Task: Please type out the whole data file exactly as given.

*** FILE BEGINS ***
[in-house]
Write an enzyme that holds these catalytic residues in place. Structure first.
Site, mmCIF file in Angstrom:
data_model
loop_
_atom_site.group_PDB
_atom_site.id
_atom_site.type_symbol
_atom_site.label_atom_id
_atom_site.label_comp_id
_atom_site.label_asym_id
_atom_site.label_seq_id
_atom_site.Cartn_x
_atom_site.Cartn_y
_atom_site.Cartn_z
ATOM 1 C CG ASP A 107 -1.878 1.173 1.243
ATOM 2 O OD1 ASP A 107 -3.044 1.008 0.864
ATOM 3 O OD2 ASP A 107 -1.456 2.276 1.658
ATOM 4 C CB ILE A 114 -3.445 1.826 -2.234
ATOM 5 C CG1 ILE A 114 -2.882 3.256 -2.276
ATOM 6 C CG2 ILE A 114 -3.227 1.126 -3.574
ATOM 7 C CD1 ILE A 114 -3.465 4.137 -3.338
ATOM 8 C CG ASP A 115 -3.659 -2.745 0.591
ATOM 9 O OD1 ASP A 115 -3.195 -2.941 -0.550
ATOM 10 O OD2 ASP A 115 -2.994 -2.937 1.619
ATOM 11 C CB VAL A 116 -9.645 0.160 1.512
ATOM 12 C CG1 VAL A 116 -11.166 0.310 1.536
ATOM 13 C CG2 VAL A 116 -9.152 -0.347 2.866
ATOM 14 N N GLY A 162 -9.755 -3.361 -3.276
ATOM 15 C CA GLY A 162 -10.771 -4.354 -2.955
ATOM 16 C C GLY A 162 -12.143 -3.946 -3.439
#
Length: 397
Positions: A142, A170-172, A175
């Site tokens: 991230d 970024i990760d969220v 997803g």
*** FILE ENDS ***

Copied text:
[in-house]
Write an enzyme that holds these catalytic residues in place. Structure first.
Site, mmCIF file in Angstrom:
data_model
loop_
_atom_site.group_PDB
_atom_site.id
_atom_site.type_symbol
_atom_site.label_atom_id
_atom_site.label_comp_id
_atom_site.label_asym_id
_atom_site.label_seq_id
_atom_site.Cartn_x
_atom_site.Cartn_y
_atom_site.Cartn_z
ATOM 1 C CG ASP A 107 -1.878 1.173 1.243
ATOM 2 O OD1 ASP A 107 -3.044 1.008 0.864
ATOM 3 O OD2 ASP A 107 -1.456 2.276 1.658
ATOM 4 C CB ILE A 114 -3.445 1.826 -2.234
ATOM 5 C CG1 ILE A 114 -2.882 3.256 -2.276
ATOM 6 C CG2 ILE A 114 -3.227 1.126 -3.574
ATOM 7 C CD1 ILE A 114 -3.465 4.137 -3.338
ATOM 8 C CG ASP A 115 -3.659 -2.745 0.591
ATOM 9 O OD1 ASP A 115 -3.195 -2.941 -0.550
ATOM 10 O OD2 ASP A 115 -2.994 -2.937 1.619
ATOM 11 C CB VAL A 116 -9.645 0.160 1.512
ATOM 12 C CG1 VAL A 116 -11.166 0.310 1.536
ATOM 13 C CG2 VAL A 116 -9.152 -0.347 2.866
ATOM 14 N N GLY A 162 -9.755 -3.361 -3.276
ATOM 15 C CA GLY A 162 -10.771 -4.354 -2.955
ATOM 16 C C GLY A 162 -12.143 -3.946 -3.439
#
Length: 397
Positions: A142, A170-172, A175
């Site tokens: 991230d 970024i990760d969220v 997803g």